Where do I start? "British" (Scottish, English, Irish, and Welsh) ales are my thing. As mentioned previously, I love using WLP002/Wyeast1968 (Fullers) for the definitive Fullers taste - if you don't want that flavour profile, don't use it. :-)
The other ones I really like are WLP023 Burton Ale, supposedly the same strain as Wyeast Thames Valley Ale although I'm not personally convinced. I'd have to do a side-by-side comparison. Regardless, I love both of those yeasts for a variety of malty or hop forward British styles. They are not necessarily "clean" as in Chico-clean but they aren't the Fullers flavour either. The Burton does have a bit of fruit, pleasantly. Kristen believes them both to be the Brakspear strain.
As also mentioned, I love Wyeast West Yorkshire (allegedly the Timothy Taylor yeast) but it does have a lot of character (for me, in a good way, but if you're trying to avoid that...). If you've had the pleasure of tasting "Landlord", or, I'll throw in Black Sheep Ale, Wychwood Hobgoblin, or Theakstons XB, as they are similar in brewing technique/character and you like that flavour profile, use the West Yorkshire. If you do, keep in mind that the prototypical method of fermenting with a "Yorkshire" yeast is with a Yorkshire Stone Square system. I won't go into details, but simply, to get the most out of this yeast, ester-wise, consider recirculating/rousing the yeast in your fermenter every few hours for the first few days. (It goes without saying, maintain sanitation).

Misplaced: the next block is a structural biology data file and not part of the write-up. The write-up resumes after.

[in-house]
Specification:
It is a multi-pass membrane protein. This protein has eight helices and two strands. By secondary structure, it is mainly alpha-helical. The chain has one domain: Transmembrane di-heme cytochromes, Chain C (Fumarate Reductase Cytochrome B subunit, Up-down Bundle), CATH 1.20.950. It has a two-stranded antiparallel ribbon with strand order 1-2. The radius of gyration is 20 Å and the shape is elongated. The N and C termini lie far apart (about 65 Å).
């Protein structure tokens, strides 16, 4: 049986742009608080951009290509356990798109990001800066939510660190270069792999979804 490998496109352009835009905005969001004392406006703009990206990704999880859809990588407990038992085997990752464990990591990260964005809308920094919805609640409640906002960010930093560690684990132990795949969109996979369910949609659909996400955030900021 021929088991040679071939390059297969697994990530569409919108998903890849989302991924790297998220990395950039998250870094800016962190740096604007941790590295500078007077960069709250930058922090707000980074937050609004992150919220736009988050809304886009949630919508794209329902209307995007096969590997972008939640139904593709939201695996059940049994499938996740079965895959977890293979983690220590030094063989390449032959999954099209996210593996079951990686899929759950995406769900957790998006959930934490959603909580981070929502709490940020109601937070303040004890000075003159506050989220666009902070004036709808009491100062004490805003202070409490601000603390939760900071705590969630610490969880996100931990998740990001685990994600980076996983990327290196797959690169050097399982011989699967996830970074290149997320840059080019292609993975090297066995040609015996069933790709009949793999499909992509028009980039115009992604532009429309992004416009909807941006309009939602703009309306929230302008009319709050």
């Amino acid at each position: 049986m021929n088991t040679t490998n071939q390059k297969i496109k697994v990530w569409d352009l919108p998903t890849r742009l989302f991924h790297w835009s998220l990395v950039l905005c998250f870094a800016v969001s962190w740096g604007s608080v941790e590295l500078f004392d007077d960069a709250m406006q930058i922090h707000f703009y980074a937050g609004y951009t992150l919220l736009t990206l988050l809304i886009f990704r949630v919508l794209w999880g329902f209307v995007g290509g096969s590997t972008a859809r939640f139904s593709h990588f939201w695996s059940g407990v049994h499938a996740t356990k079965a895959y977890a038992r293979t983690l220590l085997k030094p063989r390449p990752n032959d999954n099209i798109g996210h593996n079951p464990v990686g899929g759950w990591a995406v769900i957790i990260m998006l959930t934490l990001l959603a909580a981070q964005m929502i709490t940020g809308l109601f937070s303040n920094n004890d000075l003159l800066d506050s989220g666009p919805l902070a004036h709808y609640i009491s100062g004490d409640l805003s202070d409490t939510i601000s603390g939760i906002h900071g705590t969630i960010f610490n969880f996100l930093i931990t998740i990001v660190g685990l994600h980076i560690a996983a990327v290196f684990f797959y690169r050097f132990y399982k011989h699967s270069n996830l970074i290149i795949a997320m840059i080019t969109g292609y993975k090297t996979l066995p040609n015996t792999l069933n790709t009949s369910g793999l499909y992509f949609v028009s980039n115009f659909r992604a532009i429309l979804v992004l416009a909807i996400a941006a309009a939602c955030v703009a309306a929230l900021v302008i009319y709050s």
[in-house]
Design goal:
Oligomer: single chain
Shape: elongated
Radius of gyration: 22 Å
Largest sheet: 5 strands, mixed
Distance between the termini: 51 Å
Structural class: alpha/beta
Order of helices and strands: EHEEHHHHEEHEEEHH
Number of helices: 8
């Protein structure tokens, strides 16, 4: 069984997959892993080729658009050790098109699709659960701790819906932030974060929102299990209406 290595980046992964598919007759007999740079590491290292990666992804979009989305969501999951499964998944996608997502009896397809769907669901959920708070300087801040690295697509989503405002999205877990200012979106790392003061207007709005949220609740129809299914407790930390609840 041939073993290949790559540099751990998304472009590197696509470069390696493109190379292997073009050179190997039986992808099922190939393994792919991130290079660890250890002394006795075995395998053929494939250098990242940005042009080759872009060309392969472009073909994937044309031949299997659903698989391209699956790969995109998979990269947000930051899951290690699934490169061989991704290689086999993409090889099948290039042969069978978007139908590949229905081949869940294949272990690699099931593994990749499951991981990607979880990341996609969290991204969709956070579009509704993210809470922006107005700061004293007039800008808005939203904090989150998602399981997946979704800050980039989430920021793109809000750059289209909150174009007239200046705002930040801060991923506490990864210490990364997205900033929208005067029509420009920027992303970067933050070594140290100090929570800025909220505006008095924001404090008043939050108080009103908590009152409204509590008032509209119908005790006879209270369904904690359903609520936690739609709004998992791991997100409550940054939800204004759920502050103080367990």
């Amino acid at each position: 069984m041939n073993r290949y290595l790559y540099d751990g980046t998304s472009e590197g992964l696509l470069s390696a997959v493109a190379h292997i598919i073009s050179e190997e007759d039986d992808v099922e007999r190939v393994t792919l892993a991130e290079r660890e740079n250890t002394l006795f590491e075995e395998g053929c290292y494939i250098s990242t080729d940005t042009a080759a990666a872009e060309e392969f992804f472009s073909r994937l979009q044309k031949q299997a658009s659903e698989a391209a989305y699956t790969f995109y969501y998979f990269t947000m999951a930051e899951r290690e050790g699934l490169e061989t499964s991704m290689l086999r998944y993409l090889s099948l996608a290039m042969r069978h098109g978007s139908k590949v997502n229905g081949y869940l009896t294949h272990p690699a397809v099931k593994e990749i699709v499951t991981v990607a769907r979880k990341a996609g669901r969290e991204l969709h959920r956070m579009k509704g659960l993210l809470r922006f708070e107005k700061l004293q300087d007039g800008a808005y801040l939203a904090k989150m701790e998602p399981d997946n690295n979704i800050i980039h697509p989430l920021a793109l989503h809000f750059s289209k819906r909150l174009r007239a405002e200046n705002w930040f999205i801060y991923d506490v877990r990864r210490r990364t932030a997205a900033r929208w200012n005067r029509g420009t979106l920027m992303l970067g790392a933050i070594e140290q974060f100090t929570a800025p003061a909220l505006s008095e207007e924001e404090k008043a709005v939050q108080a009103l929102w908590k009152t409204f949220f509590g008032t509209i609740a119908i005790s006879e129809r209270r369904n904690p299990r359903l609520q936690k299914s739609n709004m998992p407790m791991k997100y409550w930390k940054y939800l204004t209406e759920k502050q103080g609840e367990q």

Two very specific yeasts I can recommend: available all year is Wyeast Northwest Ale and the seasonal White Labs Bedford Ale Yeast. Northwest Ale has a confusing but valid name. The strain allegedly originated at Gales Brewery in Horndean, England but is used by Hales in Washington state. Gales was purchased by Fullers a number of years ago and a few of the original Gales beers are now brewed by Fullers using the Gales yeast. Gales HSB is an incredible and quite unique ESB style beer but you can only get it in the UK, sadly. The Northwest Ale strain does a great job at replicating its flavour - it is quite malt forward. As for the Bedford, I can state first hand, if you want to brew a Well's Bombardier clone, you cannot do it without the Bedford Ale yeast, again seasonal from White Labs. Listen to my appearance on Jamil's "Can You Brew It?" for Well's Bombardier for more details.
Incidentally, I did the interviews for CYBI for Fullers, Black Sheep, Wells, Wychwood, Meantime, and my only US brewery, Ska, as well as discussing the Fullers Parti-Gyle method on a recent Brew Strong episode. So, yes, "British" is pretty much my thing.
Those are the "British" strains I've used and have liked. The others, I have used but have not been enamoured with - excepting the seasonal White Labs "Essex Ale", I want to try it. Oh, and finally, I have friends, and even Pro brewers (in the UK) who have used dry Nottingham and have been very pleased. I've also had great results from Fermentis S-04 but I'd highly recommend hydrating either strain before use. I can tell you, S-04 is one of, if not, the best dry ale strain as far as quick primary fermentation and beer clarity. That sucker really packs down in the bottom of the fermenter and gives you a very clear beer. My only gripe is I've had a few beers turn out too estery with it, and not necessarily in a good way. However, don't take that to heart, this was years ago and I would handle the yeast quite a bit differently now - I guess it's time for a Brulosophy (Marshall) experiment. :-) [Highest respect for that man and his compatriots at the website/blog].
My two pence. Hope that helps, not hinders. :-o